12 years ago, I met with a young German Christian woman who sought my assistance in converting to Judaism.
As I listened to her reasons for wishing to be Jewish — her marriage to a Jewish man, her partnership in raising a Jewish daughter, her affection for the customs and traditions of Judaism — I could see tears welling in her eyes.
When I inquired about those tears, the dam burst, and she began to weep openly.
“My marriage and family are inspiring me to convert,” she told me, “but my history stands in my way. How can I ever become a Jew, after the horrors my people brought upon the Jews? How can I be welcomed? How can I ever be forgiven? I can’t even forgive myself.”
“But you weren’t even born until two decades after World War II had ended. You hold no guilt for the Nazi atrocities,” I countered.
“But I feel such terrible guilt,” she lamented. “So many young Germans do. We carry the shame of being descendants of those crimes.”
I found her suffering to be at once heartbreaking and puzzling — until this month, during which I spent a week in Berlin and Dresden as part of a small delegation from the North American Board of Rabbis at the invitation of the German government.
We were welcomed for Germany’s national observance of the 80th anniversary of Kristallnacht, the state-sponsored rampage known as the “Night of Broken Glass,” which unleashed the violent persecution that ultimately led to the murders of six million Jews.
Before the commemorative events that concluded the week, we paid a visit to the Evangelisches Kreuzgymnasium in Dresden, where more than100 Christian high school students packed an auditorium to hear our stories and share their written statements of commitment to combat anti-Semitism.
The sincerity in their presentations and the heart-heavy sense of duty in their questions moved us deeply. Clearly, these teenagers carry their own shame from being descendants of Nazi crimes — but also a robust resolve to write a different story for Germany’s future.
Their determination is going to be sorely needed in a climate of escalating incitement to violence against Jews.
German Chancellor Angela Merkel soberly noted in her remarks at the national commemoration held in Berlin’s beautiful Rykestrasse Synagogue this past Friday:
“There are two urgent questions that we need to answer. First, what did we really learn from the Shoah, this rupture of civilization? And second to the first question: Are our democratic institutions sufficiently strong so that amid an increase of anti-Semitism, or even if a majority presents anti-Semitism, it can be prevented in the future?”
To be sure, Germany faces a daunting challenge, as the far-right nationalist Alternative for Germany party continues its political ascent against a worldwide backdrop of rising populist extremism, fomenting hatred directed at Jews and other minorities.
Surely, however, Germany’s leaders and citizens will be strengthened in their effort to repel this darkness by their unequivocal national reckoning with their past.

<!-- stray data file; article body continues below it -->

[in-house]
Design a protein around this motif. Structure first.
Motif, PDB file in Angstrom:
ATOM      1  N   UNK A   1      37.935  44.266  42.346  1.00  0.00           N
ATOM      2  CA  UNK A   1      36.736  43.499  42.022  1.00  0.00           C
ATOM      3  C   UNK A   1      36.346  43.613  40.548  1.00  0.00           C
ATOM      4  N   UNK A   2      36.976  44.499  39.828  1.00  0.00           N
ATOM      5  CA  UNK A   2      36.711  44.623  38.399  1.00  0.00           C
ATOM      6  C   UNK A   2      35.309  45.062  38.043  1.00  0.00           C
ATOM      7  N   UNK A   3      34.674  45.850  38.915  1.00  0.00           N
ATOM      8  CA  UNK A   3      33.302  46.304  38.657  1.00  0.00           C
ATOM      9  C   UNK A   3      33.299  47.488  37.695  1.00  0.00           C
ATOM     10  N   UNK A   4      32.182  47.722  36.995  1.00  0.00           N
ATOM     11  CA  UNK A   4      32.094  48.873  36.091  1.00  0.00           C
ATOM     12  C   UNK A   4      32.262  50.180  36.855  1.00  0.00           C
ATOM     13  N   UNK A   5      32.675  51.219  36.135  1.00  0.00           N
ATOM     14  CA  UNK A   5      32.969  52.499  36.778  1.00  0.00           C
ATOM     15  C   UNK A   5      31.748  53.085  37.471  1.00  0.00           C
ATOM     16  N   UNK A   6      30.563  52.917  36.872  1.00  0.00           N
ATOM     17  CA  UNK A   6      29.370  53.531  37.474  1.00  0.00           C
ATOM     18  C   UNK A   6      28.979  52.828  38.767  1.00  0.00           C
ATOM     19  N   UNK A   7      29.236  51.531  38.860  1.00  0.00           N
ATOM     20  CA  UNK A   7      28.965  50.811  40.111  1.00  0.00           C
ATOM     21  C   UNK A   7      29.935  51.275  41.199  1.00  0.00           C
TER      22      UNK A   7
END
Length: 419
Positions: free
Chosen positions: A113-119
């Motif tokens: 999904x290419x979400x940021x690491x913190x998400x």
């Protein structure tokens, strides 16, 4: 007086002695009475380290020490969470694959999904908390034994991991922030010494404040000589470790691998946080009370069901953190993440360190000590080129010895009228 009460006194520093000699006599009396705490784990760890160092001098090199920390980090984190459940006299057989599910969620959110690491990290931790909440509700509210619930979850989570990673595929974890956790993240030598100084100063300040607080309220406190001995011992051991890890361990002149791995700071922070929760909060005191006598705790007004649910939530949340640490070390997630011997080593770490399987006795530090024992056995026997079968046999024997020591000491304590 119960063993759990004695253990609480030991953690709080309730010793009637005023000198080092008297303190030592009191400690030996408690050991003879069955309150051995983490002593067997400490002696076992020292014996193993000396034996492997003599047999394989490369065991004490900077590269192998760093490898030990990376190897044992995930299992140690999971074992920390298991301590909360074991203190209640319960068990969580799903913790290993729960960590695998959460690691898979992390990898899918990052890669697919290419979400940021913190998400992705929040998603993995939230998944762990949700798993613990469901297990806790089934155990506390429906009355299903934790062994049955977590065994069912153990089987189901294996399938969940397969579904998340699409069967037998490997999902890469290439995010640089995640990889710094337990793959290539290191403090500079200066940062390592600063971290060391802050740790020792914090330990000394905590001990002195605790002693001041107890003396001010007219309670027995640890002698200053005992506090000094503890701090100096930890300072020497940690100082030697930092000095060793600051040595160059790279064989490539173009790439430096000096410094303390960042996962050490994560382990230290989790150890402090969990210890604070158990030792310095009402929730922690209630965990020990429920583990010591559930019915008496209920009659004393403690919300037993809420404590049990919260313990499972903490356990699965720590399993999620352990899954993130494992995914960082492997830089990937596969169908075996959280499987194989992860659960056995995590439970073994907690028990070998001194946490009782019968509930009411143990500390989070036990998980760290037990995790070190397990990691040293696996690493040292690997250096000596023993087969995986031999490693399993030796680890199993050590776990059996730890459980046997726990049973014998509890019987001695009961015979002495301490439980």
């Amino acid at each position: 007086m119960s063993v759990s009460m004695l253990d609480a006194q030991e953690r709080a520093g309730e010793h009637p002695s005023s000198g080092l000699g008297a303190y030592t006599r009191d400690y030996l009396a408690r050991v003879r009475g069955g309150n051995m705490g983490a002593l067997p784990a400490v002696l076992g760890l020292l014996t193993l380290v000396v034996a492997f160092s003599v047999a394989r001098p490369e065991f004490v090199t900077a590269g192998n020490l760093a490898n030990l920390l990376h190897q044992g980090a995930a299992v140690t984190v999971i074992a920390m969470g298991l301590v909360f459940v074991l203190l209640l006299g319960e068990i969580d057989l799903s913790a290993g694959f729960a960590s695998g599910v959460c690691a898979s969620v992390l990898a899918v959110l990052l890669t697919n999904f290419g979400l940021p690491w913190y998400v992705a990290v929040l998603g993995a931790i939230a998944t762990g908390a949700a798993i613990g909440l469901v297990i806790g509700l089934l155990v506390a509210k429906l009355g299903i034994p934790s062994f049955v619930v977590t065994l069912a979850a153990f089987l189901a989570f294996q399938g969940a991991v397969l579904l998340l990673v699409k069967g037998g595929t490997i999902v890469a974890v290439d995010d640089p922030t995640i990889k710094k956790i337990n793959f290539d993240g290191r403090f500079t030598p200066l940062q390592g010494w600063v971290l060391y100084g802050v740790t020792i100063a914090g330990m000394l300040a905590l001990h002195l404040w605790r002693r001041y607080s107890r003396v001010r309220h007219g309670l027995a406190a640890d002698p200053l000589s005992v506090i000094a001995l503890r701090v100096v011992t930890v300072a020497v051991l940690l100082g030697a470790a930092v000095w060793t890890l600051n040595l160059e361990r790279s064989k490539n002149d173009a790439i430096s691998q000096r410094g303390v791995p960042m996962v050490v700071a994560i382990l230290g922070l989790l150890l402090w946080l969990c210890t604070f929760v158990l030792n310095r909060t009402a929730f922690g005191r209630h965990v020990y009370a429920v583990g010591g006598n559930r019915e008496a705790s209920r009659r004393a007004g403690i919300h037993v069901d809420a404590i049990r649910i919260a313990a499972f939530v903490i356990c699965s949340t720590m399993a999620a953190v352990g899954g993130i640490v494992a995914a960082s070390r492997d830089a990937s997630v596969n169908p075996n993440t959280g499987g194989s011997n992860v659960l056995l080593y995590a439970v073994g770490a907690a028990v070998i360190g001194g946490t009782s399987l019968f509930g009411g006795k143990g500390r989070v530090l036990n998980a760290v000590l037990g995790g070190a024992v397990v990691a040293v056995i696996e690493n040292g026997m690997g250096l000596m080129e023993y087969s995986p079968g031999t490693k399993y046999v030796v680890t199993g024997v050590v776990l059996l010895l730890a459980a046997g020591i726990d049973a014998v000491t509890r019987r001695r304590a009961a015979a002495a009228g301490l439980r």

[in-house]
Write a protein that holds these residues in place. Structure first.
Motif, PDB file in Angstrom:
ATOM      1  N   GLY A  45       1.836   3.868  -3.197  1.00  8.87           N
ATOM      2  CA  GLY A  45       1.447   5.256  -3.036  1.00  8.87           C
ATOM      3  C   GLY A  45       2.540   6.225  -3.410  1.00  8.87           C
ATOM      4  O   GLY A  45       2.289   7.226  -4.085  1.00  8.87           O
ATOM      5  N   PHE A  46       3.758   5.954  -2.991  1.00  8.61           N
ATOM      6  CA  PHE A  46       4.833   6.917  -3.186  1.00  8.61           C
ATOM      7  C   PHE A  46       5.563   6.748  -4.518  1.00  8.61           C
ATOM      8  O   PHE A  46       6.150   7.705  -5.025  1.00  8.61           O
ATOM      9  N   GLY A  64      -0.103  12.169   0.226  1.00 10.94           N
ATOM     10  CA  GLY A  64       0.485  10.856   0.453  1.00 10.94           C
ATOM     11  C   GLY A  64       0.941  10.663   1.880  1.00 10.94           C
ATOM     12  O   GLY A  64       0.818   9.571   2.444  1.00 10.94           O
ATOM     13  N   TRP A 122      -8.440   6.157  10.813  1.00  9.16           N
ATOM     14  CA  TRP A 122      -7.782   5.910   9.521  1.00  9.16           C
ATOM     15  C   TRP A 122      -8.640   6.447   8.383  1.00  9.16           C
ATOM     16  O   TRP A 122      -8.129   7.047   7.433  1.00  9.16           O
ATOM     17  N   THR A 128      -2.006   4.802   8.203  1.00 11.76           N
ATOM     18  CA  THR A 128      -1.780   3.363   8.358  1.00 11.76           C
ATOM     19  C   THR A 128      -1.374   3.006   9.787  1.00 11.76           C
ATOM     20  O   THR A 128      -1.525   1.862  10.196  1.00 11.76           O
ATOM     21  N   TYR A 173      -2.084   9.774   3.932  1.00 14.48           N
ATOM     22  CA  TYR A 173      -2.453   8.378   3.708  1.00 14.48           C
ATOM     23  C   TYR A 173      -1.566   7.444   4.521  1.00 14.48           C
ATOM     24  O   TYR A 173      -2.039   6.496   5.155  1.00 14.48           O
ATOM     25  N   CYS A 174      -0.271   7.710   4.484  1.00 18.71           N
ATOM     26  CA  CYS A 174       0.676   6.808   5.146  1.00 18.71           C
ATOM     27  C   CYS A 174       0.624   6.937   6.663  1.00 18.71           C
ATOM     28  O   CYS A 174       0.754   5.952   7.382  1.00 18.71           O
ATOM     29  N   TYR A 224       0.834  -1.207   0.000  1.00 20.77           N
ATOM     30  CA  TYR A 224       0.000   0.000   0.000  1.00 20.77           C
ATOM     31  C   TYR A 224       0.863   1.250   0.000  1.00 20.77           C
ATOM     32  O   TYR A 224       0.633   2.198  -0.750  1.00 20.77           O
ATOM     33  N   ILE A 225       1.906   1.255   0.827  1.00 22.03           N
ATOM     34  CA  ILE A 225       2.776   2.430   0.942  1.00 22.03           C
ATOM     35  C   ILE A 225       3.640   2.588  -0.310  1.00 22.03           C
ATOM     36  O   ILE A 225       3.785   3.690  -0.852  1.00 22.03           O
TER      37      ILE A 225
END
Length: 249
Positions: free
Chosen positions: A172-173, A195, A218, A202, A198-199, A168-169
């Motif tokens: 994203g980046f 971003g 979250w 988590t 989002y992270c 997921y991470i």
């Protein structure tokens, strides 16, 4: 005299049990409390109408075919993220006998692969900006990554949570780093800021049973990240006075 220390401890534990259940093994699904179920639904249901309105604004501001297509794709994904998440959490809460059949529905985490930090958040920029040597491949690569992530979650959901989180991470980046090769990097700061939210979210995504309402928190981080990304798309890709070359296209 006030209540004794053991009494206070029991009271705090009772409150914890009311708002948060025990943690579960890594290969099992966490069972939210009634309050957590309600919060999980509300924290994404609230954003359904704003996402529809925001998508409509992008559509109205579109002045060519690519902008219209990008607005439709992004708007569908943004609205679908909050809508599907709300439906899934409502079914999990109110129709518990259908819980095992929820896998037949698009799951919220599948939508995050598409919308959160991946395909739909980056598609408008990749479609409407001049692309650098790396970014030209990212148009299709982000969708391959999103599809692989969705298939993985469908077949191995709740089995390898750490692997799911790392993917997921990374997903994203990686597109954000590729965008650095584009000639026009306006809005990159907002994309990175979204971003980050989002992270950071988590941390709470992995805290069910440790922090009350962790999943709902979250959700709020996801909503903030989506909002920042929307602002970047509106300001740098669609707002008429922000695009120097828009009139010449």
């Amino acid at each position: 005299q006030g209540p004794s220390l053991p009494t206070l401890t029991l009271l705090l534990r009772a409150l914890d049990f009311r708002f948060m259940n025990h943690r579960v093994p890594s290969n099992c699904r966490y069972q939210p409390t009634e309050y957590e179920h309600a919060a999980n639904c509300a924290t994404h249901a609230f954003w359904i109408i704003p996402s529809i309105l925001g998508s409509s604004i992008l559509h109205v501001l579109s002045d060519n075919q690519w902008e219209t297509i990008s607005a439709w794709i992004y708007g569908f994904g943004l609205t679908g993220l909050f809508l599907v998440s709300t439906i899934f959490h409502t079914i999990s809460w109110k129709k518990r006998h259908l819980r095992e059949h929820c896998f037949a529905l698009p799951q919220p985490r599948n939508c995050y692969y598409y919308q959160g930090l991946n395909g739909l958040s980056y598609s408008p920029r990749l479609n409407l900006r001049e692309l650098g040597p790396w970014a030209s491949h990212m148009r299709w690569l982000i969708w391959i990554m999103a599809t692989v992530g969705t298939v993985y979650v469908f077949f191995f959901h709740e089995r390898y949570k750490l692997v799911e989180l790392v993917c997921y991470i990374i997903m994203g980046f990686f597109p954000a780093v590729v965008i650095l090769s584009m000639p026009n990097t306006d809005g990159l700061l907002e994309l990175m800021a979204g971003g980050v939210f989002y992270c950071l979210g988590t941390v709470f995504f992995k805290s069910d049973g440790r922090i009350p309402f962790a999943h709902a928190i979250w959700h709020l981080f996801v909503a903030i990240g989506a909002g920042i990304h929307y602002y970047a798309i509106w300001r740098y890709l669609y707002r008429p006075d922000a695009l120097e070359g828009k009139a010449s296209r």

A nation that names and acknowledges its greatest instances of moral failure must certainly be much less likely to repeat them.
When the seedlings of those same evil impulses are replanted generations later, a people guided by responsibility for its history is best poised to deny those seedlings any water or sunlight.
As a Jewish American who has been blessed with freedoms and opportunities my family first discovered as Eastern European immigrants generations ago, I find myself wondering about the implications of what I observed in Germany this past week for my own country.
After all, Kristallnacht happened 80 years ago, and yet it remains a persistent subject in German schools, as well as a cause for national events of remembrance and resolve, long after the perpetrators of its crimes have died.
How might America meet its own moment of moral challenge today if our nation were to engage habitually and forthrightly in acts of collective responsibility for our past, as Germany does?
How might our national soul be impacted if our country’s brutal dispossession of Native Americans was regularly owned and solemnly commemorated?
How might our treatment of endangered immigrant populations be altered if we were consistently reminded of the moral degradation of the Japanese-American internment camps in World War II?
How might the plight of African-Americans on our streets and in our courts be aided by a sincere acknowledgment of accountability for the slave ships that brought the ancestors of many millions of our modern-day citizens to the United States in chains?
The still-piercing shame from the Holocaust felt by many in Germany today should be seen neither as heartbreaking nor puzzling.
Rather, it is a badge of enduring conscience that just may save today’s German Jews from the same hatred that engulfed the Jews eighty years ago. Might we, as Americans, similarly learn from our shared history how to steer clear of repeating our collective past sins?
The great Rabbi Abraham Joshua Heschel famously taught: “Some are guilty. All are responsible.”
There is nothing wrong with feeling the weight of responsibility bequeathed to us from our national past.
Indeed, it is noble and just to feel responsible.
A nation demonstrates its character not by declaring its exceptionalism but by striving for it. It is past time for America and Americans to do so.